That gives Eminem four songs in the Top 20 at the same time, making him only the sixth artist in the history of the chart to do so, according to Billboard. Other than the Beatles, the other acts to achieve the feat are all rappers: Eminem protege 50 Cent, T-Pain, Lil Wayne and Ludacris. The rappers, however, got help from being featured artists on cuts, whereas the Beatles and Eminem are the only artists to do so as lead artists.
The only other debut in the Top 10 belongs to One Direction’s “Story of My Life,” which enters the Billboard Hot 100 at No. 6 and is the British boy band’s fourth Top 10.
Looking at the returning entries: Miley Cyrus’s “Wrecking Ball” moves 3-2, while Katy Perry’s “Roar” slips 2-4, pushing Avicii’s “Wake Me Up!” down one spot to No. 5.
Drake’s “Hold On, We’re Going Home,” featuring Majid Jordan, drops 5-7; Imagine Dragon’s “Demons” moves 9-8; OneRepublic’s “Counting Stars” switches places with “Demons,” sliding 8-9, while Lady Gaga’s “Applause” retreats three spaces to No. 10.
LOS ANGELES - Peaches hit Cinefamily in L.A. last night to promote her movie "Peaches Does Herself," which is "an electro rock opera stage show that recounts a mythical history of Peaches and follows her journey from bedroom musician-wannabe to rock star." The film features a 65-year-old stripper, a body suit with breast and penis prosthesis, spandex orgies, gore and full-frontal transsexual porn star and performer Danni Daniels.
"...The most beautiful human being possible," as Peaches said of the latter during our interview.
It's easy to remember the visuals of the musical film, along with its choreography, and that's part of the reason why it's hard to forget Peaches herself. An icon in the queer community, Peaches uses sexuality, fashion and lyricism as an affront, in "Does Herself" as much as she has in concerts since the late-'90s.
"Peaches Does Herself" is as provocative (and funny) a title as some of her best-known songs, including "Boys Want to Be Her," "Fatherf*cker," "Impeach My Bush," "F*ck the Pain Away," "Shake Yer Dix." However, the film, appropriately, ends with a salute to herself, the song "The Teaches of Peaches," as she flees from a theater onto a customized bicycle, covered in fake blood with her privates having "exploded." It sounds like a genre film -- and it is, though it defies such a convention.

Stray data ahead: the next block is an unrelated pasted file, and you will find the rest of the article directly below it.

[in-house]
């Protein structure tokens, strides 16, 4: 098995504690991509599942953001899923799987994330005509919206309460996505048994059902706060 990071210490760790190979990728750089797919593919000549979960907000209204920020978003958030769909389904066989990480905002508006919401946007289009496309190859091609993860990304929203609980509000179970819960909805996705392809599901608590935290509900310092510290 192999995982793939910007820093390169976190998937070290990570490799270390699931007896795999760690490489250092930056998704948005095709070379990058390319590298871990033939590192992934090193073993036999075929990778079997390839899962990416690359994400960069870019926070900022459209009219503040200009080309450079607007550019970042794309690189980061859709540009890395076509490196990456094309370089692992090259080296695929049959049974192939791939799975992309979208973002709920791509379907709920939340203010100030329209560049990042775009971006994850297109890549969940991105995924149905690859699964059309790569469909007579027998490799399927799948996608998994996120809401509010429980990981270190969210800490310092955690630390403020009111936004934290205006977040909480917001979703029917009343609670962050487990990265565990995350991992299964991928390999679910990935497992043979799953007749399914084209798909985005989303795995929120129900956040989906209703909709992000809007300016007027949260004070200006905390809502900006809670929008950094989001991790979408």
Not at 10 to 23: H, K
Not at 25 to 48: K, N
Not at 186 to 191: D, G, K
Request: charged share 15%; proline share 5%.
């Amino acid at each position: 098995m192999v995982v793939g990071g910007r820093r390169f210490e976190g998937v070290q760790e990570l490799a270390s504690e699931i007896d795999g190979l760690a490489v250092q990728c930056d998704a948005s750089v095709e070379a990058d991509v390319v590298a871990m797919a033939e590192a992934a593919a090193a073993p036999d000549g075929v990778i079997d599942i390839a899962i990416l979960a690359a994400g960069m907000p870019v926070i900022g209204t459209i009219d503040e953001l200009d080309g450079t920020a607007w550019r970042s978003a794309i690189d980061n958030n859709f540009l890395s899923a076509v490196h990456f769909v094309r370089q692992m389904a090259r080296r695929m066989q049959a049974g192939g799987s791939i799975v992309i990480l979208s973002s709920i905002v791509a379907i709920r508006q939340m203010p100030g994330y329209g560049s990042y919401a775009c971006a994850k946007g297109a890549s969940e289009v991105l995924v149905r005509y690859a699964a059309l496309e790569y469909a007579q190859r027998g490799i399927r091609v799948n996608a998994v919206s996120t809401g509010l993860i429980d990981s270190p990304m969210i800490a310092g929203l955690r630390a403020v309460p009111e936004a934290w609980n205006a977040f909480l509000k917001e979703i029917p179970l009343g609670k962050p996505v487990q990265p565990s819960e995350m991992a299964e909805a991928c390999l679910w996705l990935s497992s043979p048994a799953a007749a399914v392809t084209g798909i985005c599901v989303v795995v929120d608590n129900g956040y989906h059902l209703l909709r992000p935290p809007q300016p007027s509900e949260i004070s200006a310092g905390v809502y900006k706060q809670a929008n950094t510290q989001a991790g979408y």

And now it's years behind her (the film, that is). The ambitious "Peaches Does Herself" was made over a year that ultimately led up to its premiere at the Toronto Film Fest in 2012, and it's only now making more rounds in theaters and at various venues.
The gender-bending performer said she's moved on, mentally, from the musical and is now heading into her next album. When we spoke in the middle of last month, she had two ideas for songs, and plans on having something new for 2014.
"It's just one day you're not working on music, then suddenly you are," she said. "So here I am." She said she wants to lean away from more "messaging" music (like "Impeach..." very much was) and "getting to have fun again."
As you'll see in the video above, Peaches has some "teaches" left for style too, as she always has. I thought it'd be fun to give her a celebrity magazine to leaf through, to talk about celebrities and fashions that she loves (FYI, she chose "People" over "In Touch"). While she said she didn't feel "up" on American pop culture much due her years living as an American transplant in Berlin, the 46-year-old did have quite a few nice things to say about Janelle Monae, Tilda Swinton, Diane Keaton, plus had some notes on "acting your age" and how she views her own look.
We talked about contemporary hip-hop artists are using "electro music" in their songs more than ever. Peaches said she loves Nicki Minaj's rise in the rap world, and -- despite some misogyny and LGBT-unfriendly lyricism -- she adores rhymers like Tiga.
"Oh, isn't that terrible?" she joked, as we discussed "Rack City." "Maybe he could use a tip."
"Young-adult literature" did not technically exist when I was a young reader, so it's kind of amazing to see just how huge a piece of the publishing pie the broad genre has become. I've been trying to decide what I think the definition of a young adult novel is, and I think the best version of it has to do with fiction that captures that moment where someone is wrestling with their identity and defining their place in the world. It often seems to be concerned with someone learning a sense of personal responsibility, and while the general trappings of the genre can be ridiculous and exaggerated, like zombies and vampires and werewolves, there is something genuine that they seem to address when they're done well.
Meg Rosoff's "How I Live Now" was well reviewed and won several awards, and while it was a success, no one would ever look at this and think that it's going to become the next "Twilight" or "Hunger Games." Wisely, instead of trying to shoehorn Rosoff's small and delicate book into the wrong shape, the script by Jeremy Brock, Tony Grisoni, and Penelope Skinner is a modestly-scaled story, and Kevin Macdonald has made a movie that feels like a largely internal journey, a window into the heart of Daisy (Saoirse Ronan), an angry girl who is on the verge of becoming an angry woman before she is sent for a summer to a relative's farm. It's often melodramatic to call something "life-changing," but that's very true in this case, and it's handled with genuine grace and subtlety.